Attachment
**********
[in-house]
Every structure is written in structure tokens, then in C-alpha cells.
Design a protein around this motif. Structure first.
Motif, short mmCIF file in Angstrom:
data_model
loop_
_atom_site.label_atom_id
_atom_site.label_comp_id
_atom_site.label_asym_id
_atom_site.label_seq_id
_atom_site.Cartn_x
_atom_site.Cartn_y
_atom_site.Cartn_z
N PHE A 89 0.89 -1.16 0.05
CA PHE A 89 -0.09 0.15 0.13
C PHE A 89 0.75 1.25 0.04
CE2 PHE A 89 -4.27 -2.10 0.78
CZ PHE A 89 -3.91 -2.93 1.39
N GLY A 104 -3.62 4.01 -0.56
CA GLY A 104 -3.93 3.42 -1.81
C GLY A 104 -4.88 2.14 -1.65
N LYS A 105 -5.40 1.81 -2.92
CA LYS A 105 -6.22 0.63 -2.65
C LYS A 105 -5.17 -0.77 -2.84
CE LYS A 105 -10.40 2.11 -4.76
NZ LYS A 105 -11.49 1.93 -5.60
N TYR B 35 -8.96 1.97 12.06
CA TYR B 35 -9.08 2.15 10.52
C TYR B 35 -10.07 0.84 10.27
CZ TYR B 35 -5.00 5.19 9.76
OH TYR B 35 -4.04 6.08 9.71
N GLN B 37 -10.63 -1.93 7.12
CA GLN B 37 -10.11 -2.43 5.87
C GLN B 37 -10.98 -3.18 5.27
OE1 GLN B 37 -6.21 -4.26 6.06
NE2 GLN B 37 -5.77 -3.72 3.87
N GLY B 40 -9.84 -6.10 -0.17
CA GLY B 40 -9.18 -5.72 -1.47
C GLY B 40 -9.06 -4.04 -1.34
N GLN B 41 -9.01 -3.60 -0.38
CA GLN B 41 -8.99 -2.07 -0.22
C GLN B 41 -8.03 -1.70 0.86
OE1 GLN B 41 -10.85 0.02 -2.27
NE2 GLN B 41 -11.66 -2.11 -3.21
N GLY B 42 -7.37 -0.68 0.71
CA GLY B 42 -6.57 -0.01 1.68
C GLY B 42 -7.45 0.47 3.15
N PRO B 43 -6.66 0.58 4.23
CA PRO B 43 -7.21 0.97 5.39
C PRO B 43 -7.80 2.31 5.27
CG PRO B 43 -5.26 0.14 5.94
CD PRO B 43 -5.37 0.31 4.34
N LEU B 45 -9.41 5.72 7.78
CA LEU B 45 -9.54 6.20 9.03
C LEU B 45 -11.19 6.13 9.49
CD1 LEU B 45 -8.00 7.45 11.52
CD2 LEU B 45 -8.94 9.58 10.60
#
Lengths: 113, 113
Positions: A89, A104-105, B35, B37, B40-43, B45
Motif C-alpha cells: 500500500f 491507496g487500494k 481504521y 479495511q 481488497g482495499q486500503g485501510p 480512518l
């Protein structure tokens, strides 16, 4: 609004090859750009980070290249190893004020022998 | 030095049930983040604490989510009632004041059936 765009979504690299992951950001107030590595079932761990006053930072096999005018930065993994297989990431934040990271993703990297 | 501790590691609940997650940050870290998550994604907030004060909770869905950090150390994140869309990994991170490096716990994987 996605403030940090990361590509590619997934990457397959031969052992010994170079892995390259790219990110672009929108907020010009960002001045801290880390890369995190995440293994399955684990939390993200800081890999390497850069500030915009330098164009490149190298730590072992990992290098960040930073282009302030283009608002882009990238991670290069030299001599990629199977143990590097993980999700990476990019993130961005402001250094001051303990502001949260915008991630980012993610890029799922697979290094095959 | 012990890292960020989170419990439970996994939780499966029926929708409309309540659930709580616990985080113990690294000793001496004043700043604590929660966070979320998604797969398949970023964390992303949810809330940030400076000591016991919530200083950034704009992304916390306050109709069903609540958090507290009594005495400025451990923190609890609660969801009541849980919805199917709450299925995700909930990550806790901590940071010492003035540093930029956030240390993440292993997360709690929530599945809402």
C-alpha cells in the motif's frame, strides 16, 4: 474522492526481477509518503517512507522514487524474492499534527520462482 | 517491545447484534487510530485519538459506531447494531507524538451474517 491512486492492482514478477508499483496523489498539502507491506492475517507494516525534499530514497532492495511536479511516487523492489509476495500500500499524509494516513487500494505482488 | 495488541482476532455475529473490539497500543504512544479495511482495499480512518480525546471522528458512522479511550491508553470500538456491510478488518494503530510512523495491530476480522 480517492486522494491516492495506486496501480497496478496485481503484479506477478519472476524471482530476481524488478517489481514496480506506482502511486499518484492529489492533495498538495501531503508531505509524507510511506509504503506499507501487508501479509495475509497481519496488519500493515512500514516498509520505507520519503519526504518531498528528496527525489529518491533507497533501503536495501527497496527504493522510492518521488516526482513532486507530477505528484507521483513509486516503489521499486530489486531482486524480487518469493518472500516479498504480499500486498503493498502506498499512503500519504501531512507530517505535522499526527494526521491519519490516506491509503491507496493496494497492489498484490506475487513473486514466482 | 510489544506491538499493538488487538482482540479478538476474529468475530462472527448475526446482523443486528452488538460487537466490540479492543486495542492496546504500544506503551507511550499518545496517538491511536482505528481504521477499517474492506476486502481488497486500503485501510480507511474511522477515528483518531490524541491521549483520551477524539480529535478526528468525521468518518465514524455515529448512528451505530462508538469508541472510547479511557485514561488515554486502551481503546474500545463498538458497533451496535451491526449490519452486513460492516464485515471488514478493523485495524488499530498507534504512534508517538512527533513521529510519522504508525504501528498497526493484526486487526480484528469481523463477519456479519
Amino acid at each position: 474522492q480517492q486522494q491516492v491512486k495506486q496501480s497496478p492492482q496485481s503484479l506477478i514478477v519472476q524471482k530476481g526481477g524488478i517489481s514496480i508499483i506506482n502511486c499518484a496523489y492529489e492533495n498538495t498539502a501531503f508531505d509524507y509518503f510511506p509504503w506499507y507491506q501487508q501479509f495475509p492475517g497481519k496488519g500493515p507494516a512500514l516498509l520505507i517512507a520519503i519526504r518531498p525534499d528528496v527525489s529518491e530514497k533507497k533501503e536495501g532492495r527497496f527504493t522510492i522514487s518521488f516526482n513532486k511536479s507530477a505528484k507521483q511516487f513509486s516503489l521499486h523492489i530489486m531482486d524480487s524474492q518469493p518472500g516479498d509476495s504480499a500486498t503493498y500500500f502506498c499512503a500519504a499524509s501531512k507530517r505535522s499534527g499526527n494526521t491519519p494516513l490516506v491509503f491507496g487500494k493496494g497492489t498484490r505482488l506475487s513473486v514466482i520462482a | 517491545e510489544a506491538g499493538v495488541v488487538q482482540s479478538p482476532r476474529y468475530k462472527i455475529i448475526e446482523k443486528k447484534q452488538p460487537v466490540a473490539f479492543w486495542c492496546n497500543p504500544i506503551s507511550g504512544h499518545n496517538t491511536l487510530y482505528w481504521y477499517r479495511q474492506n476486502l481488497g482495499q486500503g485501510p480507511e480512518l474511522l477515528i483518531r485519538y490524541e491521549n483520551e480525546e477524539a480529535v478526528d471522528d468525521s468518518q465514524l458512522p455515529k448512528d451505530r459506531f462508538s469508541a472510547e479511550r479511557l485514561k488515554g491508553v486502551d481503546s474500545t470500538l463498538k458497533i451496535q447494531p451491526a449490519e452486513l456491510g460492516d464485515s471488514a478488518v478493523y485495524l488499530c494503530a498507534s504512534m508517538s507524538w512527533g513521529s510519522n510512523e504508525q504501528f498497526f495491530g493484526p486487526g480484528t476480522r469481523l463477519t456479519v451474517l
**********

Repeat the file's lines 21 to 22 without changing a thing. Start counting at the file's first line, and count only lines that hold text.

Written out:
C GLY A 104 -4.88 2.14 -1.65
N LYS A 105 -5.40 1.81 -2.92